2004 SFU-SCES Kamloops Archaeology Field School
The 11th Simon Fraser University-Secwepemc Cultural Education Society Archaeology Field School took place in Kamloops in May and June. Eighteen students participated, representing the Kamloops and Burnaby campuses, as well as Okanagan University College, Langara College, and several community members from the North Thompson Indian Band. In addition to the 14-credit hours of regular courses, students had the option of obtaining the provincial RISC certification in Archaeology.
Students received instruction and field experience in archaeological survey and testing, and laboratory analysis. Field work was augmented by several field trips and by a weekly seminar in Plateau Prehistory, Environmental History, and Ethnography.
The primary aspect of the field school was a second season of intensive excavation at EeRb 77, a very deep, multi-component site on the Kamloops Indian Reserve along the South Thompson River. We have previously demonstrated that the occupation of this site ranges from the historic period to at least 6,500 radiocarbon years before present, and possibly much older. Our focus here continues to be the pre-4,000 B.P. levels of the site.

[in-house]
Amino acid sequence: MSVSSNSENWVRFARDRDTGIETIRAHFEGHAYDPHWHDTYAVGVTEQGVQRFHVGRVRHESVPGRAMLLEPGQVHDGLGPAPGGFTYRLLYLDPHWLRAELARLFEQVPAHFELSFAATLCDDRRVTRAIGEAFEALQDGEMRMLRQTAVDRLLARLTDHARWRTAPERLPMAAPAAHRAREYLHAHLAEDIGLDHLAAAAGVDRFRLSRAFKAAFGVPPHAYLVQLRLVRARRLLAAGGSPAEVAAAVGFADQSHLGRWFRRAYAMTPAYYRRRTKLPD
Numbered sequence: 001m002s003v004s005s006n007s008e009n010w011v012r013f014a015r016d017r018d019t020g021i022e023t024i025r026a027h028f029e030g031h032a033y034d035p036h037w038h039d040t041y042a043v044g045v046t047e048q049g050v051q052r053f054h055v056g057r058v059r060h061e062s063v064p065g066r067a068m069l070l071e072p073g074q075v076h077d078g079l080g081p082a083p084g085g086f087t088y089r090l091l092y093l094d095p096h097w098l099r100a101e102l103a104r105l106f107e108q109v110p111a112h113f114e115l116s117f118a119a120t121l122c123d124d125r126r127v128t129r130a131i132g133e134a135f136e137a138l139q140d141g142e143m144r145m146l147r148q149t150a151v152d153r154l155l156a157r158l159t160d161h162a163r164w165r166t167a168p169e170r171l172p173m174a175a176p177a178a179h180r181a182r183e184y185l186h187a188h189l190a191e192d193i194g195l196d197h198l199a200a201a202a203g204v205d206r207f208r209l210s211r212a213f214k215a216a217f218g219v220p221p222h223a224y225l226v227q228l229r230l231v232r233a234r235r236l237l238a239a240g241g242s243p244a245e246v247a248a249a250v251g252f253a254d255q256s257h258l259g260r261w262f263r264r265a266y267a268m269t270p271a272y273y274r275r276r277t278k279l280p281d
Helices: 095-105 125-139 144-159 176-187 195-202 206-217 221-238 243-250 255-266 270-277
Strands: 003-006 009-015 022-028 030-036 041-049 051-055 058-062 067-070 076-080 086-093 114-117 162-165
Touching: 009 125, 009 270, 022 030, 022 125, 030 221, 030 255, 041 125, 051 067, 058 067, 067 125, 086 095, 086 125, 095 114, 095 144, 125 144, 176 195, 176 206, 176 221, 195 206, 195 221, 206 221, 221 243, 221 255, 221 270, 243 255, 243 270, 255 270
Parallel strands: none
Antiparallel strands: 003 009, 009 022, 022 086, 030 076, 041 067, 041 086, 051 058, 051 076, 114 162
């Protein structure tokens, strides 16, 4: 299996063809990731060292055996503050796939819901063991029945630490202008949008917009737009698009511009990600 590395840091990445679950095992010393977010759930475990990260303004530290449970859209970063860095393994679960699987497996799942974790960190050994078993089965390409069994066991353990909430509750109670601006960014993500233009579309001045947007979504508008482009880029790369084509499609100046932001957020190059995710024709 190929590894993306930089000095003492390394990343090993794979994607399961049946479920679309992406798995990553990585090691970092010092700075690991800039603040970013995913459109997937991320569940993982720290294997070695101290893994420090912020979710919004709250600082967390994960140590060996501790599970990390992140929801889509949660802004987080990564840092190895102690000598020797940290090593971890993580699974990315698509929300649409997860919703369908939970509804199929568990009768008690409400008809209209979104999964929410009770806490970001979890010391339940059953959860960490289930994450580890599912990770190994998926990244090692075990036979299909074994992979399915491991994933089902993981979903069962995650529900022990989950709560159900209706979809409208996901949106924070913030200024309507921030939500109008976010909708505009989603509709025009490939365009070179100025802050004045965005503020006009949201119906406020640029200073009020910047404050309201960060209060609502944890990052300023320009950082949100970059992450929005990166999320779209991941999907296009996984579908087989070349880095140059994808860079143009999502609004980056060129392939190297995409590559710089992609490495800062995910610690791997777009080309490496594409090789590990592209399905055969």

Teams of students excavated seven 2-m2 units to a maximum depth of 3.5 meters. The results of excavation provided much additional information on the occupation of this site, although it became clear that the units completed this year appear to represent a more peripheral part of the site than excavated in 2002. Fewer artifacts and faunal remains were recovered, and there was no trace of the extensive freshwater shell midden that was encountered in 2002. Nonetheless, the information recovered in 2004 is valuable for reconstructing the long cultural and environmental history of this location, and also provides a very important point of comparison for comparably aged Middle Period sites that we have excavated on the nearby river terraces in previous years.
Since its inception, the Kamloops Archaeology Field School has addressed the cultural resource management needs of the Kamloops Indian Band and other First Nations, worked to extend knowledge of past land-use practices in the region, and provided classroom and field training for First Nations and non-Aboriginal students. Graduates of this program are currently working for various First Nations organizations and consulting archaeologists.